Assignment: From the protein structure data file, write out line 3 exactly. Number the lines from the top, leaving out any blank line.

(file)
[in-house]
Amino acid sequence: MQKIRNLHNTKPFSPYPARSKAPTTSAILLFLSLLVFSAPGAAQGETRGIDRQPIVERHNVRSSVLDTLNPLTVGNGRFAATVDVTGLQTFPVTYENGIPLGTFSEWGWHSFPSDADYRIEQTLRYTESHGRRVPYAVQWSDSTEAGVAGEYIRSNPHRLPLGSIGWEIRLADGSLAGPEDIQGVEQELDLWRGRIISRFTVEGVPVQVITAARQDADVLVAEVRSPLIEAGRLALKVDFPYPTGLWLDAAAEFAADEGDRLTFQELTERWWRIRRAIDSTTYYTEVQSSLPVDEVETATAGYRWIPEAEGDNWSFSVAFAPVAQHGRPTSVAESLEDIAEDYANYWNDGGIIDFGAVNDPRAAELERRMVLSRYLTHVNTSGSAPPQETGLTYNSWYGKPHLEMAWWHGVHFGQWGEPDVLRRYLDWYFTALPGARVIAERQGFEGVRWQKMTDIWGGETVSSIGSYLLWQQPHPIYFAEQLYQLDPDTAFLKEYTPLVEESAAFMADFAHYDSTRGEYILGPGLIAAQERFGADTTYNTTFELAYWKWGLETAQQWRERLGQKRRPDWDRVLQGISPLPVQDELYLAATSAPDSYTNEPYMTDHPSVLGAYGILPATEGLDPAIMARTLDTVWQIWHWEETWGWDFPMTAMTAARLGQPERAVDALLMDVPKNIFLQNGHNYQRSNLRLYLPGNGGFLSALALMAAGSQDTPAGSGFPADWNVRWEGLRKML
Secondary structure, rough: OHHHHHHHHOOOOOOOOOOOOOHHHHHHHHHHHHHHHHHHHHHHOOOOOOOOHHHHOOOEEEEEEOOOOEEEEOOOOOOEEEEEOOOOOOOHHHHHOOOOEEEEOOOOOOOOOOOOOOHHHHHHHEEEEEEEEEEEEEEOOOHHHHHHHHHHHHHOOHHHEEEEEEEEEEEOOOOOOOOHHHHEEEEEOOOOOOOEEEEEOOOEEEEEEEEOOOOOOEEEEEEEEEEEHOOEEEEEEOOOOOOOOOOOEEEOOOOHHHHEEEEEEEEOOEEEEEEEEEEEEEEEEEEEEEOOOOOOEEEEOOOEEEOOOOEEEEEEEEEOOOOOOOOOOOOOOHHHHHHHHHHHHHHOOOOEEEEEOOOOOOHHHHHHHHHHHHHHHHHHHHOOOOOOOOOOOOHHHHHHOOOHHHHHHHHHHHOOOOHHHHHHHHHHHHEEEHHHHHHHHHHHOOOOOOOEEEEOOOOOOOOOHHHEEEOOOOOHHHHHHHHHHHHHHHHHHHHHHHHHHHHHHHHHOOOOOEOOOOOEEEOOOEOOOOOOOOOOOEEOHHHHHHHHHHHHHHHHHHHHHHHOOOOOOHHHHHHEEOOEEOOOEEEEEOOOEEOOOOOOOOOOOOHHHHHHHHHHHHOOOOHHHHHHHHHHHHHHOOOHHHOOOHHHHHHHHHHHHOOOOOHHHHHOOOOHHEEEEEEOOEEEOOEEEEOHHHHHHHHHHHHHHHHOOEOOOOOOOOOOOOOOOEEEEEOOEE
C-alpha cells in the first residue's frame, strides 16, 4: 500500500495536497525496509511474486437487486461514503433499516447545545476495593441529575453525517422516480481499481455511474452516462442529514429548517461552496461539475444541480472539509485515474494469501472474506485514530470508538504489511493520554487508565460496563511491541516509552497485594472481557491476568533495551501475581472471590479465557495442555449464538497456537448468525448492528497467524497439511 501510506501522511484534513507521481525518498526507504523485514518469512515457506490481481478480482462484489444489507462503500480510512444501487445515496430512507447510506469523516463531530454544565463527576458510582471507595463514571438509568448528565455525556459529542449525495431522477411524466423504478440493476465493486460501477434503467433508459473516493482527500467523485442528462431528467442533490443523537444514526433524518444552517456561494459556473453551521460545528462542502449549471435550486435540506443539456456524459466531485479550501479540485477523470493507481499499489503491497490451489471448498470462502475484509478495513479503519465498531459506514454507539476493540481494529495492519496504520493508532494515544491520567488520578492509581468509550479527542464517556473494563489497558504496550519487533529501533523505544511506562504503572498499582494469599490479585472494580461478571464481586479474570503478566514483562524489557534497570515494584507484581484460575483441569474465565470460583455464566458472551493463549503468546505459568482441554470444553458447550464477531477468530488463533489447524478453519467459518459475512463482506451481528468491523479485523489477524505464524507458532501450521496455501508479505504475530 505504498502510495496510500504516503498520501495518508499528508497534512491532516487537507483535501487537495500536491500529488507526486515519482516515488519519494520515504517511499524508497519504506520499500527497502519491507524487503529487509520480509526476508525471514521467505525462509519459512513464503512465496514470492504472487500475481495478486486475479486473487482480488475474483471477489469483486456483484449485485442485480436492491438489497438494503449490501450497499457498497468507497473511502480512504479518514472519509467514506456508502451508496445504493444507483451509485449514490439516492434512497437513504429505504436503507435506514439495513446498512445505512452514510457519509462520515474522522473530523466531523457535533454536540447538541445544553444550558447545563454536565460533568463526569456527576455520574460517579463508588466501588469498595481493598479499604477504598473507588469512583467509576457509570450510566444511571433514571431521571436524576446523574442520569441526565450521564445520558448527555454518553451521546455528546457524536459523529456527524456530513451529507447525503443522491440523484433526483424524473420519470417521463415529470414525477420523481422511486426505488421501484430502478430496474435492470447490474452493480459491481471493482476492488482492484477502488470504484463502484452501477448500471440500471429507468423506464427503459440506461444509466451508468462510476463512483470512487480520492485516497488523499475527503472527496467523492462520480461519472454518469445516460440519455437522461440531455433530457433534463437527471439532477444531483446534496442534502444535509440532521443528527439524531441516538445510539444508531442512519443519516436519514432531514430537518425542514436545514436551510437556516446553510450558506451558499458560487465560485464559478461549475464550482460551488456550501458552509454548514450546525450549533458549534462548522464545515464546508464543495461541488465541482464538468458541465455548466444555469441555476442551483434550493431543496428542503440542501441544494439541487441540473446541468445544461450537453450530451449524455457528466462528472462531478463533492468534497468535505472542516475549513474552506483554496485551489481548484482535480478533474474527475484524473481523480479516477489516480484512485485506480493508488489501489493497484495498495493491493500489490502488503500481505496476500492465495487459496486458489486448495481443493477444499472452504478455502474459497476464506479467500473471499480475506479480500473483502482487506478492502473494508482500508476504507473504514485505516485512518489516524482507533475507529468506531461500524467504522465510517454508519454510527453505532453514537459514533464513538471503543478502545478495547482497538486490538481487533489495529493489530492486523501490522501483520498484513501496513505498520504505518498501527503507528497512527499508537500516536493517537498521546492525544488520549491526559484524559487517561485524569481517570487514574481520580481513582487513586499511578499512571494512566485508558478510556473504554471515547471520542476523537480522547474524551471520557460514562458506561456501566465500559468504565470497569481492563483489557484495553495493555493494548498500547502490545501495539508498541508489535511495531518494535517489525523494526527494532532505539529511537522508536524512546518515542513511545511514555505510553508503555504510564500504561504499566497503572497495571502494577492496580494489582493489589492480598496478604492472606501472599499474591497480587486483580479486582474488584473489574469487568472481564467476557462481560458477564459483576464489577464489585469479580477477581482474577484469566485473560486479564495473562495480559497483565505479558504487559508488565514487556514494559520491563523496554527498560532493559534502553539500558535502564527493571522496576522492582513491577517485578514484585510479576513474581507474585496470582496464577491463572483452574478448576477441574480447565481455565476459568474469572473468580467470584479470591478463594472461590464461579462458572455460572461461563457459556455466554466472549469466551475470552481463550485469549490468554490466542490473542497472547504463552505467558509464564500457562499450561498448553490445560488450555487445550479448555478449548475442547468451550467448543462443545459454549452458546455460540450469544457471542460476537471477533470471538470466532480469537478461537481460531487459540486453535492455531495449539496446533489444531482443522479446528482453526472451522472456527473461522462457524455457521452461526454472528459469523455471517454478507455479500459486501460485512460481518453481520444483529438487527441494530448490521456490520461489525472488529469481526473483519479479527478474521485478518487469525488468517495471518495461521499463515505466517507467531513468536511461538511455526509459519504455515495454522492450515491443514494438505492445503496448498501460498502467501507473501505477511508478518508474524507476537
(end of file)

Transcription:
Secondary structure, rough: OHHHHHHHHOOOOOOOOOOOOOHHHHHHHHHHHHHHHHHHHHHHOOOOOOOOHHHHOOOEEEEEEOOOOEEEEOOOOOOEEEEEOOOOOOOHHHHHOOOOEEEEOOOOOOOOOOOOOOHHHHHHHEEEEEEEEEEEEEEOOOHHHHHHHHHHHHHOOHHHEEEEEEEEEEEOOOOOOOOHHHHEEEEEOOOOOOOEEEEEOOOEEEEEEEEOOOOOOEEEEEEEEEEEHOOEEEEEEOOOOOOOOOOOEEEOOOOHHHHEEEEEEEEOOEEEEEEEEEEEEEEEEEEEEEOOOOOOEEEEOOOEEEOOOOEEEEEEEEEOOOOOOOOOOOOOOHHHHHHHHHHHHHHOOOOEEEEEOOOOOOHHHHHHHHHHHHHHHHHHHHOOOOOOOOOOOOHHHHHHOOOHHHHHHHHHHHOOOOHHHHHHHHHHHHEEEHHHHHHHHHHHOOOOOOOEEEEOOOOOOOOOHHHEEEOOOOOHHHHHHHHHHHHHHHHHHHHHHHHHHHHHHHHHOOOOOEOOOOOEEEOOOEOOOOOOOOOOOEEOHHHHHHHHHHHHHHHHHHHHHHHOOOOOOHHHHHHEEOOEEOOOEEEEEOOOEEOOOOOOOOOOOOHHHHHHHHHHHHOOOOHHHHHHHHHHHHHHOOOHHHOOOHHHHHHHHHHHHOOOOOHHHHHOOOOHHEEEEEEOOEEEOOEEEEOHHHHHHHHHHHHHHHHOOEOOOOOOOOOOOOOOOEEEEEOOEE